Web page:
Home Page Science Frontiers
ONLINE

No. 84: Nov-Dec 1992

Issue Contents





Other pages


Other Interesting Sites


 


 


 


 


 


 


 


 


 

 

Galactic Shell Game

W.G. Tifft, an astronomer at the University of Arizona, has maintained for some two decades that the redshifts of the galaxies do not fall on a smooth curve as one would expect. Instead, Tifft asserts, redshifts are bunched at intervals of 72 kilometers/second and at onehalf and one-third that value. Mainstream astronomers insist that redshifts be interpreted as Doppler shifts due to the expanding universe. Quantized redshifts just don't fit into this view of the cosmos, for they imply concentric shells of galaxies expanding away from a central point -- earth!

Even though more recent redshift data have supported the notion of quantized redshifts, cosmologists find them undigestible, even pathogenic. But replication and non-replication are the essence of science, so B. Guthrie and W.M. Napier, at the Royal Observatory at Edinburgh, undertook another study. They selected 89 nearby spiral galaxies that had not been incorporated in any of the previous surveys. These galaxies had very accurately measured redshifts and were distributed all over the celestial sphere.

"As expected, the galaxies' redshifts showed a smooth distribution. Clearly, no quantization was being introduced by the radio telescopes or the data reduction process. But after Guthrie and Napier corrected each redshift to account for the Earth's motion around the center of the Milky Way -- a different correction for each location in the sky -- out popped a periodicity of 37 km/sec, close to one of Tifft's values. It was so strong that the chance of it being a statistical fluke was less than 1 in 3,000."

Tifft's work therefore seems to have been verified again. But Tifft is now waxing even more iconoclastic, claiming that galactic redshifts have actually changed slightly in just a few years!

(Anonymous; "Quantized Redshifts: What's Going on Here?" Sky and Telescope, 84:128, 1992.)

Comment. A strange geometrical concordance exists between quantized redshifts and the shells of stars surrounding some elliptical galaxies. See AWO5 in our catalog: Stars, Galaxies, Cosmos. This volume also contains much more on quantized redshifts in AWF8. Ordering information here.

From Science Frontiers #84, NOV-DEC 1992. 1992-2000 William R. Corliss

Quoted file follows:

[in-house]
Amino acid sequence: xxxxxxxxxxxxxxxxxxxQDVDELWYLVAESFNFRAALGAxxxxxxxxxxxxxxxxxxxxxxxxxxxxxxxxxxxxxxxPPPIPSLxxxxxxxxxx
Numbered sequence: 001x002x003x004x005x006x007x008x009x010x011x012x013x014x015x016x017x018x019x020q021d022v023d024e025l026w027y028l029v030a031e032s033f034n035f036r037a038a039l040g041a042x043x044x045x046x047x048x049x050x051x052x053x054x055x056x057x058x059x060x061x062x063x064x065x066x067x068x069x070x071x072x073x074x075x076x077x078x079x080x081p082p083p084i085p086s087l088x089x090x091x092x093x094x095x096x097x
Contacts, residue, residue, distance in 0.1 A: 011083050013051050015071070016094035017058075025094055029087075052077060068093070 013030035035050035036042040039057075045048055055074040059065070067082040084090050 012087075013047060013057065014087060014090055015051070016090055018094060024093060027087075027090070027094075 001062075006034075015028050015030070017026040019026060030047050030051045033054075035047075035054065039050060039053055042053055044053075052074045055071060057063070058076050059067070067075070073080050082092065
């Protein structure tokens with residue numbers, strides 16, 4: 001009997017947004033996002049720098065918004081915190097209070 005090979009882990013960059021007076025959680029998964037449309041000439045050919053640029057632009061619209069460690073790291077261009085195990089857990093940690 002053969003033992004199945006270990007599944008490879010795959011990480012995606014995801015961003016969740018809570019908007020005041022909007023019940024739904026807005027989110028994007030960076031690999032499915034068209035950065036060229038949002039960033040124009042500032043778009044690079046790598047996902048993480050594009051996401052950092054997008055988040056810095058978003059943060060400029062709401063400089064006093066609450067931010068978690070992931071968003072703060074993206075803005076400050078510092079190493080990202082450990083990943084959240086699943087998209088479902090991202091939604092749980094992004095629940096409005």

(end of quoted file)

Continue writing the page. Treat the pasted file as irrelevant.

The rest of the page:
Science Frontiers Sourcebook Project Reviewed in:

Quotes

  • "A sourcebook of unexplained phenomena is therefore a valuable addition to a collection of scientific literature. William R. Corliss has provided this in the past with his source books of scientific anomalies in several subjects, and now he has provided it for astronomy. He has done an excellent job of collecting and editing a large amount of material, taken in part from scientific journals and in part from scientific reporting in the popular or semi-scientific press." -- "The Mysterious Universe: A Handbook of Astronomical Anomalies", reviwed by Thomas Gold, Cornell University, in Icarus, vol.41, 1980

  • "An interesting, systematic presentation of unusual weather [..] This book is recommended for a general audience" --"Corliss, William R., Tornados, Dark Days, Anomalous Precipitation, and Related Weather Phenomena, Sourcebook Project, 1983.", revieweed in Choice, September 1983
  • "..the science is necessarily somewhat speculative, but Corliss's symthesis is based on reputable sources." -- "Corliss, William R. (Compiler). Lightning, Auroras, Nocturnal Lights, and Related Luminous Phenomena" reviwed by Joseph M. Moran, Univ. of Wisconsin in Science Books and Films, Sep/Oct 1983

  • "Before opening the book, I set certain standards that a volume which treads into dangerous grounds grounds like this must meet. The author scrupulously met, or even exceeded those standards. Each phenomenon is exhaustively documented, with references to scientific journals [..] and extensive quotations" -- "Book Review: The moon and planets: a catalog of astronomical anomalies", The Sourcebook Project, 1985., Corliss, W. R., Journal of the Royal Astronomical Society of Canada, Vol. 81, no. 1 (1987), p. 24., 02/1987